‘It’s a lovely way of life’: London couple list restored narrowboat on eBay for £55,000
When Jessy Webster and her partner Alex bought their 55-foot narrowboat from a marina in Northampton in 2019, they didn’t quite know what they were getting into.
As they steered it out of the marina, they quickly realised that driving a barge was not as easy as it looked. Which side of the canal were they supposed to be on? How did the batteries work?
“You buy it as you see it. We had no idea what we were doing,” says Jessy. “We crashed it on the way out of the marina. It was so embarrassing.”
Getting the boat down to London, where they lived, was another question too. For months, they spent their weekends taking trains out to the boat to drive it as far south as they could, before mooring it and coming back the week after.
For Jessy and Alex, the boat was a chance to move in together for the first time. They were both living in house shares with friends, and buying it presented a more affordable way to have a space of their own without a mortgage. “We were so sick of renting. It’s so expensive in London and we were looking for another option,” says Jessy. “We wanted to put our own mark on something — with renting, that’s difficult.”
Having taken van trips around Europe together, the couple were also attracted to a more nomadic style of living. “The canals are very peaceful, quiet areas of London that just don’t feel like London to me…we decided that it would be an adventure; a way to feel a bit more outdoors while still being in the city. It felt like a nice balance for us.”
Initially, the décor inside was more traditional: lots of dark, varnished wood and built-in furniture. They liked the fit, but it needed updating.
In lockdown, after having lived there for two years, that opportunity finally arose. Alex, a carpenter, found himself out of work, with time on his hands to dedicate to a renovation. They moved in with friends in Camden, took the boat out of the water and stripped it back to its steels.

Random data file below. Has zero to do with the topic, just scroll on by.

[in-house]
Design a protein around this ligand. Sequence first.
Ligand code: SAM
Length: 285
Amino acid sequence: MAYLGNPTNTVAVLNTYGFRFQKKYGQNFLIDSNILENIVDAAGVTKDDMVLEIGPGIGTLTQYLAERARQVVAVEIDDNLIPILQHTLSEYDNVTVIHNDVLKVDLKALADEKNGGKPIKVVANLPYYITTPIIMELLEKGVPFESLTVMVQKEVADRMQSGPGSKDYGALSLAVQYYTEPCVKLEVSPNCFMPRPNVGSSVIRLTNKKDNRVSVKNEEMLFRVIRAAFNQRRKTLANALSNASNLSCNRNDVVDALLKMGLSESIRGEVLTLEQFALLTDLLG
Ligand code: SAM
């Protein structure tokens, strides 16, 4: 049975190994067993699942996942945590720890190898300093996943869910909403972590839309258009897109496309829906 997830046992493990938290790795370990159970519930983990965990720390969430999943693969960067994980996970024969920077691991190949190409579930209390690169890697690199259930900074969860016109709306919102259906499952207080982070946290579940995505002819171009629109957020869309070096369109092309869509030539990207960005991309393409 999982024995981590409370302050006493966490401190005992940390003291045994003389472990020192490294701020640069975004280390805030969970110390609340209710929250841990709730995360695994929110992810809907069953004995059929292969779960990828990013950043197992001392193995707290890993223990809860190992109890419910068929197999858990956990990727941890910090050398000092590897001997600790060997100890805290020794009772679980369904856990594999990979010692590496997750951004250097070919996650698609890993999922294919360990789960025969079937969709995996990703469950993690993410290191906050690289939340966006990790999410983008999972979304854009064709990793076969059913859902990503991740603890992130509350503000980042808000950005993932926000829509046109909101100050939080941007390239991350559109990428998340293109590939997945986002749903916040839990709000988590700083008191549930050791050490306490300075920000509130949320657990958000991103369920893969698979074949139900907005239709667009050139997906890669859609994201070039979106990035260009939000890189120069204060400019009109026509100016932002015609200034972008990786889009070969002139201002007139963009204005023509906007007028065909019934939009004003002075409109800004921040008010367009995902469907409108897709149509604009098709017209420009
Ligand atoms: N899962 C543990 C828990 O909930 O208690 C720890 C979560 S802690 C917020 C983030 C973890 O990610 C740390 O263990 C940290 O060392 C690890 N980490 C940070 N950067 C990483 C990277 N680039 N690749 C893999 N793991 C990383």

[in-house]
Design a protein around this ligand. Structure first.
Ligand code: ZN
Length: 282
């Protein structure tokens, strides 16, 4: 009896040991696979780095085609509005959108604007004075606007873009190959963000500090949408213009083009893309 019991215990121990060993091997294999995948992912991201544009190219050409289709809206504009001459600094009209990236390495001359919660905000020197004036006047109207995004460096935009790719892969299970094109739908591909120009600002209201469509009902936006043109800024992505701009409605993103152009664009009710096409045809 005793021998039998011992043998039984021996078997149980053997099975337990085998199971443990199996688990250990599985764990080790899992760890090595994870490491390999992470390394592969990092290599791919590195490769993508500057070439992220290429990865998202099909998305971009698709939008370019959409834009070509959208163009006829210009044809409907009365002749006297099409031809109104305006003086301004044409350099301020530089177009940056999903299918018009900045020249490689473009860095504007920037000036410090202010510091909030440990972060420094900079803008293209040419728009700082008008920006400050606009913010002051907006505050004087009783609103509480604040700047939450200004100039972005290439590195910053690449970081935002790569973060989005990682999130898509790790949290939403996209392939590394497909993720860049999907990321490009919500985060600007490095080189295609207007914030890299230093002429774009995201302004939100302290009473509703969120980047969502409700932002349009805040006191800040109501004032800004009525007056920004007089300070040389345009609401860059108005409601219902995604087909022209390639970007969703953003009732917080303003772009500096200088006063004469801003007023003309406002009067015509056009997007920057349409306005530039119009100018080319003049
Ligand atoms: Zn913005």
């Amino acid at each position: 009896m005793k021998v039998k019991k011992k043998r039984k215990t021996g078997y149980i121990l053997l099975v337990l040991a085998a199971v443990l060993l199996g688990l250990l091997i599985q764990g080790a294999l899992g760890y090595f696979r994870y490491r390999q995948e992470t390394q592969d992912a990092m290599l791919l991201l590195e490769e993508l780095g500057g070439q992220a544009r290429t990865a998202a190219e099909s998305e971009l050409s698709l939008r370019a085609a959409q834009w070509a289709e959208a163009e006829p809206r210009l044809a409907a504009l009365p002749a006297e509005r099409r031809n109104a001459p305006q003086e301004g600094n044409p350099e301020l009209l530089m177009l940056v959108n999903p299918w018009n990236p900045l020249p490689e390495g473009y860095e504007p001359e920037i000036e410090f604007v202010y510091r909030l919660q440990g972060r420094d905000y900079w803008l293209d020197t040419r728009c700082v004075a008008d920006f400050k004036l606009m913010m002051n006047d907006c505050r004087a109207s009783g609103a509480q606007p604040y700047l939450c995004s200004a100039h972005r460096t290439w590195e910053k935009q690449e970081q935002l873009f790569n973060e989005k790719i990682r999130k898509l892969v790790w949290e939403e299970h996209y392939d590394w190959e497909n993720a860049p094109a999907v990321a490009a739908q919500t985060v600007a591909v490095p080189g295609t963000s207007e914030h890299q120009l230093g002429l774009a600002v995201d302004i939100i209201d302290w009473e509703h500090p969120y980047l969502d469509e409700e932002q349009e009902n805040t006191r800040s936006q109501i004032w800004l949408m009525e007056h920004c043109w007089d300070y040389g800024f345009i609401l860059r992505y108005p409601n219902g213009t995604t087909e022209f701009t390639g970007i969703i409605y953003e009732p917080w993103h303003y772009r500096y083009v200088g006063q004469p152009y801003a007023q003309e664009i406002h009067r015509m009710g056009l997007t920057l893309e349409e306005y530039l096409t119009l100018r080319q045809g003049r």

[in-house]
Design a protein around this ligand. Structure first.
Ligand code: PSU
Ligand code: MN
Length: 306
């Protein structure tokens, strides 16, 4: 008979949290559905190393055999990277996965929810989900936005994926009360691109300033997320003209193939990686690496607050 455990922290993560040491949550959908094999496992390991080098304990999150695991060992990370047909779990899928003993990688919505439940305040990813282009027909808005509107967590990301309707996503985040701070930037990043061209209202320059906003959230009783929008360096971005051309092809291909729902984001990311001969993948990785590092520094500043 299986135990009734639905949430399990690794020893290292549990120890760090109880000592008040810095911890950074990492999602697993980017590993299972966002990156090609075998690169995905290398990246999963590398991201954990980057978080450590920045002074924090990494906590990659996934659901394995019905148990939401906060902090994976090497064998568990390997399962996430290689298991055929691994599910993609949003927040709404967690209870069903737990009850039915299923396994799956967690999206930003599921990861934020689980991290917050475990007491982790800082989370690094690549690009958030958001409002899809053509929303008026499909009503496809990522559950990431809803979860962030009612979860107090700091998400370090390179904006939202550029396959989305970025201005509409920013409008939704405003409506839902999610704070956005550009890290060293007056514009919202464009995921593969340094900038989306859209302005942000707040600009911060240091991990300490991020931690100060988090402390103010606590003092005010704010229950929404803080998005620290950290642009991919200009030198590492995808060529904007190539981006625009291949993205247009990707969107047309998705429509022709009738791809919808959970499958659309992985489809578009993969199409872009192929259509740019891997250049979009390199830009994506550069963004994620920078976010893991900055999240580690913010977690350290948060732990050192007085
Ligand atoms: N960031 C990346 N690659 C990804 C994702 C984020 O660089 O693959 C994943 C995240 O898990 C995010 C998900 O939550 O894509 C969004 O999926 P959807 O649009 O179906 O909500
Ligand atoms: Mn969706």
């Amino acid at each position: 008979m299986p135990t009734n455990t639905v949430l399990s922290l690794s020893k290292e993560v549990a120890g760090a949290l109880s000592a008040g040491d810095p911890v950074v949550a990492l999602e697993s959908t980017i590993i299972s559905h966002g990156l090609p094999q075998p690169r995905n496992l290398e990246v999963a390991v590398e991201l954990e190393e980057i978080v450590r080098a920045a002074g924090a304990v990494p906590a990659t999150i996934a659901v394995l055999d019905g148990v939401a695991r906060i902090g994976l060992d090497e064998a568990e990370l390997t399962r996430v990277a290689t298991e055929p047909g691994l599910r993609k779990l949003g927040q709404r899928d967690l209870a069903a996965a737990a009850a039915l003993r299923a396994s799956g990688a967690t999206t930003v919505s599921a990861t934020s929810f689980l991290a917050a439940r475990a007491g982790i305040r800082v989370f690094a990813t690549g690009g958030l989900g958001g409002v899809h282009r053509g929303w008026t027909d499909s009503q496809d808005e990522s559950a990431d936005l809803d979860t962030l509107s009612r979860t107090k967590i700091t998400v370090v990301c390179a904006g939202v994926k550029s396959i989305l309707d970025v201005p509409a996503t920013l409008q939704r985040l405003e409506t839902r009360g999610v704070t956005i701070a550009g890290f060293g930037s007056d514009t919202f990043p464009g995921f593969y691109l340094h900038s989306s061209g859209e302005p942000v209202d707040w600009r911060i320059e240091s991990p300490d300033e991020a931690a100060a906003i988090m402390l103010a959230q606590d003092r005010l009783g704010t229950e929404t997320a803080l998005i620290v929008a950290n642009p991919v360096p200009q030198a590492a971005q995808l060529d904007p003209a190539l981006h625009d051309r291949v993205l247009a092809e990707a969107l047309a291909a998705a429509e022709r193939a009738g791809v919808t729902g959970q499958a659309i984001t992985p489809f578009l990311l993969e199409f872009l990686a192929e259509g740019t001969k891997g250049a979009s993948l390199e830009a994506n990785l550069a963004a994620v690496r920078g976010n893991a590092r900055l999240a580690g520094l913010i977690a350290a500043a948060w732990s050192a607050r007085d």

They painted the outside teal, intersected with a black and white zigzag. Inside, they injected splashes of colour to the woodwork: indigo kitchen cabinets, a feature wall in the bedroom and pink cushions. A new central heating system and double-glazed windows were fitted to keep the boat warm and dry, as well as solar panels on the roof.
They tried to make the space more functional, installing more storage, expanding the bathroom and adding in a dining area to host friends for dinner. In total, the process took around six months.
The refit was also a chance to rename the boat, which is supposedly bad luck while in the water. Until then, the boat had been called The Welkin of Isis. “That wasn’t really our vibe. We decided to rename her Peace Frog, which is a song by the Doors. We felt it was quite fitting for life on the water.”
Like most other boaters in London, Jessy and Alex have a short-term mooring, which means that they change location every two weeks. “For us, that was a part of the appeal. It means that you can be on Victoria Park one week and Hackney Wick the next. You always have a new local, and it’s nice to get to know new areas. Every area has different benefits.”
Energy costs are also significantly lower than a house. The main expenses are gas, which Jessy estimates would usually cost around £70 for four to five months, and diesel, at around £100 for six months’ worth. This also powers their central heating. During the winter, they also buy coal and have a wood-burner stove, while in the summer, the solar panels take over.
“The living costs are really low, but you put more time into it. It comes out in the wash a little bit. It suits people who want more time at home and less time at work,” says Jessy. “It can be tricky — your resources are finite and you have to manage them carefully. You need time, and you need to plan to make sure you’ve got everything.”
Now, after five years aboard Peace Frog, Jessy and Alex are selling their beloved home. They plan to leave London, and advertised the boat for £55,000 on eBay, which they hoped would allow them to give the buyers a better handover than they had themselves.
In just a week, Jessy said they received “hundreds” of enquiries about Peace Frog, as well as three offers — one of which they have now accepted. “We didn’t accept a higher offer despite having a few — we picked new owners based on the fact that we felt they were the best people to take over the boat and are really nice. That mattered a lot to us,” says Jessy. “Because it’s like our little baby, we want it to go to someone who will care for her.”
She adds: “I hope the next owners love it as much as we did. It’s such a lovely way of life. It makes you slow down and be grateful for the little things, but it also feels like such an adventure.”